Plaschke: Tyler Glasnow and the Dodgers' rotation are a midsummer mess in need of help



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The Dodgers have a starting pitching problem.

They might not want to admit it, they certainly dread the thought of addressing it, but on a sweltering Friday night at Dodger Stadium, there was no escaping it.

Facing the National League Central-leading Milwaukee Brewers in the opener of a statement weekend series, they needed their ace to be their ace.

For a second consecutive start, Tyler Glasnow failed them.

With their rotation fractured by injuries and frequented by recent ineffectiveness, they needed their $136.5-million offseason acquisition to begin answering career-nagging questions about strength and durability.

For the third time in his last five starts, there were only more questions.

None of it seemed to matter at the end of the night, the Dodgers using three home runs by the incredibly unsung Will Smith and a dramatic two-run, two-strike eighth-inning single by Freddie Freeman to steal a late 8-5 victory amid familiar postseason roars.

But those “Fre-ddie, Fre-ddie” chants?

For the Dodgers to overcome past October hauntings, in three months those cheers need to be, “Ty-ler, Ty-ler, Ty-ler.”

They need Glasnow to be better. They need their entire rotation to be better. And barring that, they have barely three weeks to make it better, the July 30 trade deadline approaching and Dodgers president of baseball operations Andrew Friedman facing a task that for two years has been terribly left undone.

The Dodgers need to make the one deal that could make the other $1.2 billion in deals worth it. They need to trade for the one thing that has eluded them for two collapses.

They still need to find one more starting pitcher whom they can trust to take the ball in October.

No more ignoring it. No more Lance Lynn-ing it. No more counting on kids to suddenly grow up or injuries to miraculously heal.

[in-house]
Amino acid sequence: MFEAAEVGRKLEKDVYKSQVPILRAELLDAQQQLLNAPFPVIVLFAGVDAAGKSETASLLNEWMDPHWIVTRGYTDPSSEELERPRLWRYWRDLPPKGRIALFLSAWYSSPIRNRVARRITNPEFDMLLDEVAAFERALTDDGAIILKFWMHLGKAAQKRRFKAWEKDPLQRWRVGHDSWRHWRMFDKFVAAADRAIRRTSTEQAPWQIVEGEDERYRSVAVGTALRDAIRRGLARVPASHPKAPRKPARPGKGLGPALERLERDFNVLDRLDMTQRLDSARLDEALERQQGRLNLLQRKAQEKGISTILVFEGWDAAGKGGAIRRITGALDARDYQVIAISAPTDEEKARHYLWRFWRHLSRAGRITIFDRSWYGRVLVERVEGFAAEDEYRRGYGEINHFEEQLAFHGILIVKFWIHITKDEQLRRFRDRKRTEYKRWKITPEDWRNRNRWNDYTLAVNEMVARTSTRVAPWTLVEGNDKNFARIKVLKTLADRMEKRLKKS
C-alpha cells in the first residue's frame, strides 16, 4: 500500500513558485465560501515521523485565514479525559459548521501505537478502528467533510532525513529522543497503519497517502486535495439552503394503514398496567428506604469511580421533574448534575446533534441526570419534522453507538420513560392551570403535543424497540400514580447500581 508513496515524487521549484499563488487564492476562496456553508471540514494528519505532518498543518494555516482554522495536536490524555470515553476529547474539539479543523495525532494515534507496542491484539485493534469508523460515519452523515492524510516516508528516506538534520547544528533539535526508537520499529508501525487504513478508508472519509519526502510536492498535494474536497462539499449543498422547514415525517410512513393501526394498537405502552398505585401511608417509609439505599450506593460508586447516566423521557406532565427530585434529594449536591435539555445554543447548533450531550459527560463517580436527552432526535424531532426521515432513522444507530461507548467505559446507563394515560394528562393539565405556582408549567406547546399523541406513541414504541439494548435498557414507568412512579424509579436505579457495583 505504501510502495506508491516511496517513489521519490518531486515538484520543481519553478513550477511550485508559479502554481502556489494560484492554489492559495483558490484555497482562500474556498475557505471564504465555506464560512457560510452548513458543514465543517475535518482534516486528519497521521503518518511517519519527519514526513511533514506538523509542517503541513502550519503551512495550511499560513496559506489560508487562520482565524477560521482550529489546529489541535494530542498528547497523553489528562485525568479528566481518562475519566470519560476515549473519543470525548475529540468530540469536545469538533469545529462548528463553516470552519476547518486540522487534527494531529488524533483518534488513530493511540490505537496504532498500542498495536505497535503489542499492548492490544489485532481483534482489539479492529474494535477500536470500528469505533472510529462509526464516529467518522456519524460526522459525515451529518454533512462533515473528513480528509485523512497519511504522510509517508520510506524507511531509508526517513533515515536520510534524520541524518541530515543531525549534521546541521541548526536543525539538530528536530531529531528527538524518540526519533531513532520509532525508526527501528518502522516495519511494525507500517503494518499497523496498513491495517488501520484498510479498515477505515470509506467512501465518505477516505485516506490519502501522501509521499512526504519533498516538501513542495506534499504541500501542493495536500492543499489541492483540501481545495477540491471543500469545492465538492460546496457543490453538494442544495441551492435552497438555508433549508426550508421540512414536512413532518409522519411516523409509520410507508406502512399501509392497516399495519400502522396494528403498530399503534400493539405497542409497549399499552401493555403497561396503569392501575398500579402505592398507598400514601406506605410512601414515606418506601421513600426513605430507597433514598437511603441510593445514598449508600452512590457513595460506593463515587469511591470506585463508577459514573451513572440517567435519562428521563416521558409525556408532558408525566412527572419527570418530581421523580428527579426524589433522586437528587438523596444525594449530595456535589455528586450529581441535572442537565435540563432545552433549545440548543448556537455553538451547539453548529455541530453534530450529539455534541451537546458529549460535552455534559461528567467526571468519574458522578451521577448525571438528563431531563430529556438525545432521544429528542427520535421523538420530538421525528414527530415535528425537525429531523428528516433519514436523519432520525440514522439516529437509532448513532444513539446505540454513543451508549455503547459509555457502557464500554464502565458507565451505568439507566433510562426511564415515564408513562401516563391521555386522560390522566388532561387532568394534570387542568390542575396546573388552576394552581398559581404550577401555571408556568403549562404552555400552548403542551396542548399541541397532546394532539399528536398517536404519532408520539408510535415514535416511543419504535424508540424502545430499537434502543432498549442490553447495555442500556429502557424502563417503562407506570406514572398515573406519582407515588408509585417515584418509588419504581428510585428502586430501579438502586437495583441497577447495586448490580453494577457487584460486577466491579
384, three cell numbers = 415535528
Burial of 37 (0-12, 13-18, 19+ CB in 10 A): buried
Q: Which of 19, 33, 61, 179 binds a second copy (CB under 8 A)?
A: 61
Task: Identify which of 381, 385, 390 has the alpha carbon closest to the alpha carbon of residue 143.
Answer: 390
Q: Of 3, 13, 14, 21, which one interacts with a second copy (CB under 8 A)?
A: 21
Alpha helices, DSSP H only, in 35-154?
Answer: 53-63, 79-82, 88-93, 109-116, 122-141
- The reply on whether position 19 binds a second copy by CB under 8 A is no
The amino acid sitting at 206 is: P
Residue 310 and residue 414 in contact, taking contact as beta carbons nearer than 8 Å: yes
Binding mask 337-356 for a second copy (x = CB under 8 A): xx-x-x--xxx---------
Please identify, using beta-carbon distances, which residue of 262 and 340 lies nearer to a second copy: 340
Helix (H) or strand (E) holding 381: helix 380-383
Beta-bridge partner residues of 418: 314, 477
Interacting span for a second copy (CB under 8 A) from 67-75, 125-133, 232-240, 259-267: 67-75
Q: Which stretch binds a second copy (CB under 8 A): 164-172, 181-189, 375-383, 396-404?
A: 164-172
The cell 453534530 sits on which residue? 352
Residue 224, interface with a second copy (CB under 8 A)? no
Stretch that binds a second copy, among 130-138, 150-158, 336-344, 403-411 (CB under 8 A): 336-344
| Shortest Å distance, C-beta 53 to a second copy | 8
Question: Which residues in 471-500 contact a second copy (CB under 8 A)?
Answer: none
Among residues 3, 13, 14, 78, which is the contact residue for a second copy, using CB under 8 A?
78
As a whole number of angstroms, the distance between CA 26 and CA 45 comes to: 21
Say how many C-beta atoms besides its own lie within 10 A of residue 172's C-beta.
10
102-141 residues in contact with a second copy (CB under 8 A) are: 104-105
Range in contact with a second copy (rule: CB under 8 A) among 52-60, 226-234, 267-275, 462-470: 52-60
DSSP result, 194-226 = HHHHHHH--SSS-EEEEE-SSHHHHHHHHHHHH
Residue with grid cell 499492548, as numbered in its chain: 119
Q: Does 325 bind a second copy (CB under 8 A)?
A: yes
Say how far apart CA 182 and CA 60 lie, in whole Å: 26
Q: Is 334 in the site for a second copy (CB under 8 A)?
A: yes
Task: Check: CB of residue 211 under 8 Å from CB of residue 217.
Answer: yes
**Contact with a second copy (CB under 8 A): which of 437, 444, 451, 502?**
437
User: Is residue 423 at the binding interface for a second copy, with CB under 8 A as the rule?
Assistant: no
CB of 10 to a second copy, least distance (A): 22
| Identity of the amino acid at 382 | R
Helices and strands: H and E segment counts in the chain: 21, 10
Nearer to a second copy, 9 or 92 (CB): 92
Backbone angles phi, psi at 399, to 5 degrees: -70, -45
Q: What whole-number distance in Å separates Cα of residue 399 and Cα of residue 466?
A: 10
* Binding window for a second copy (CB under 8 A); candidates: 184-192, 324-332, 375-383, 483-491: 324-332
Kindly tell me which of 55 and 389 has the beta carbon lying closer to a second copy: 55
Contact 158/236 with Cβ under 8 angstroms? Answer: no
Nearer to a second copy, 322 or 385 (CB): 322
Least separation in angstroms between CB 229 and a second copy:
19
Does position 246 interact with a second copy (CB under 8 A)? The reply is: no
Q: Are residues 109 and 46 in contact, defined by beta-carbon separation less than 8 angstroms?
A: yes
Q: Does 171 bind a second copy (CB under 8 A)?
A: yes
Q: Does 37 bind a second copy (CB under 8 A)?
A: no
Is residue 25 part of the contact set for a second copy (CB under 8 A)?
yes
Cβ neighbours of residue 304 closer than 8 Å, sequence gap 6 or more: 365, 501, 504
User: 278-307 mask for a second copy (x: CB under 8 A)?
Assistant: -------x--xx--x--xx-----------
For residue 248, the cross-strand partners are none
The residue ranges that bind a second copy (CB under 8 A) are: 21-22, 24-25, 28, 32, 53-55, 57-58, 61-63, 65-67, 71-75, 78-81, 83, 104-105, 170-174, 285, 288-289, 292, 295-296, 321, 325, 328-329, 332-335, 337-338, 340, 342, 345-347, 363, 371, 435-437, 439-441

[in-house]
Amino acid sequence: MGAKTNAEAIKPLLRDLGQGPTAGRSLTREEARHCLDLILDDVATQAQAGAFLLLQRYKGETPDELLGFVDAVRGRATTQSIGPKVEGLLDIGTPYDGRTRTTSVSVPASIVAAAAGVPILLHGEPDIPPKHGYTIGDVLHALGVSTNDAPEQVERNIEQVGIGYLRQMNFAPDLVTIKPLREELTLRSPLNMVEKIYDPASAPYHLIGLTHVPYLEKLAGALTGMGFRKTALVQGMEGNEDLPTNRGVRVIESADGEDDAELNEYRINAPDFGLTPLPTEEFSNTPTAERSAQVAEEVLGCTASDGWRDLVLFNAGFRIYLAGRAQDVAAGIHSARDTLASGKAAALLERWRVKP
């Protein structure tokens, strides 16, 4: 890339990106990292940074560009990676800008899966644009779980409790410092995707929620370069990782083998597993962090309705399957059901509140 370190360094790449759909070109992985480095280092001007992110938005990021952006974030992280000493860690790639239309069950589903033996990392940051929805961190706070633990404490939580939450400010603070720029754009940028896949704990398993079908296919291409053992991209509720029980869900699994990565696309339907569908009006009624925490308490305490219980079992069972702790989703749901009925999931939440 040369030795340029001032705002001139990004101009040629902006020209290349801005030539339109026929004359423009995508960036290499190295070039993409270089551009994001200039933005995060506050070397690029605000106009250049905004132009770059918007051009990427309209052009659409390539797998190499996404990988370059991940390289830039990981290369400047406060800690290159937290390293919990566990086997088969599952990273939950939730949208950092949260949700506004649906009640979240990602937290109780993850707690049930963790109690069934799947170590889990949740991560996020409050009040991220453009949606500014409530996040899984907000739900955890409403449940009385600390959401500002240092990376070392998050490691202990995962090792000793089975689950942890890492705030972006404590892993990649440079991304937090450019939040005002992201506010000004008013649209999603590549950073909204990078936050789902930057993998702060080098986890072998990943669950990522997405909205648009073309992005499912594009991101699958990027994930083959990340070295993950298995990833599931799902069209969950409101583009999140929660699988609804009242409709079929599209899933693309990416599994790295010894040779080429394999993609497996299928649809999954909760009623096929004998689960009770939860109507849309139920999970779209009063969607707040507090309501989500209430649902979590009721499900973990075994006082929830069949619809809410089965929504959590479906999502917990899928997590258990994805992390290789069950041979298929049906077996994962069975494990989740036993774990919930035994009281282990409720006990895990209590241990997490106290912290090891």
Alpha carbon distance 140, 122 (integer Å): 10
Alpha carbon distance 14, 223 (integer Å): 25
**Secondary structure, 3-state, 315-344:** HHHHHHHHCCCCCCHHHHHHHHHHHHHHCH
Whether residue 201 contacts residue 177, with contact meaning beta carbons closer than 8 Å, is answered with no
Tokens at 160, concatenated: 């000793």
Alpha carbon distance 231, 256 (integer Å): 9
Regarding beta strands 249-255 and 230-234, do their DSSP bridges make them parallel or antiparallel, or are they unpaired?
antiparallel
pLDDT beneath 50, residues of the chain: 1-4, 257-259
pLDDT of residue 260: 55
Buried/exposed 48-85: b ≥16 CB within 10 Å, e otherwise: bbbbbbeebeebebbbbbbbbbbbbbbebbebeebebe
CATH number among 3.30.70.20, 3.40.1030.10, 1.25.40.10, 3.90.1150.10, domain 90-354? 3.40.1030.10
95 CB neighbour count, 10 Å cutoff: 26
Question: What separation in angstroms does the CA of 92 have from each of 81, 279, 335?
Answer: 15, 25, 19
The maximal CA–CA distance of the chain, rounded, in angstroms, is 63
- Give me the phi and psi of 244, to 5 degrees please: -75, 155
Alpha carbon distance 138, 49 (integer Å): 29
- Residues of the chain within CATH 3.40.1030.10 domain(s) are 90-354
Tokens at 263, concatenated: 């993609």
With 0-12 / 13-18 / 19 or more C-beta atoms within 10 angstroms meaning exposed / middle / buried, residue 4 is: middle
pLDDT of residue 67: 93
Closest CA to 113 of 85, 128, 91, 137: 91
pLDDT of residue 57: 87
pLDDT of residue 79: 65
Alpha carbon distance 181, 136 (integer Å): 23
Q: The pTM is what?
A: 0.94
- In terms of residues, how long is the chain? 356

As Friday night once again revealed, if Tyler Glasnow is The Guy, they might need a second guy.

Fighting through warm dead air and a pesky Brewers offense, Glasnow was an ace for five innings. Problem was, he pitched six.

Glasnow was near perfect for those five innings, allowing only one base runner on an error. Problem was, in the middle of it all, he made a perfect mess.

Clinging to a two-run lead in the fourth inning, Glasnow suddenly lost his grip and fell hard, giving up five runs in a span of six hitters.

His overall line will show only three allowed hits in six innings. But the way he fell apart in giving up those five runs was startling, and something that will get this team beat in the playoffs.

It started with an infield single to Brice Turang, Glasnow’s first allowed hit. It seemed to rattle him. He then walked William Contreras.

One out later, he gave up a 15-hop single through the right side by Willy Adames to ruin his shutout, and now he really seemed hurried and distracted, walking Garrett Mitchell to load the bases for Rhys Hoskins.

One pitch later, Glasnow grooved a fastball down the middle and Hoskins punched it over the center-field fence for a grand slam.

Glasnow settled down to throw two more hitless innings, but the damage had been done, both to the game and the perception that he can shoulder this heavy load.

Their starting pitching starts with him, and the Dodgers have to wonder, will he be there for them when it counts?

He has pitched 110 innings this season, only 10 shy of his most innings pitched in any season in his nine-year career. He’s never worked this much, this consistently, this deep into the schedule. He’s never been this healthy for this kind of stretch. He’s basically never been here before.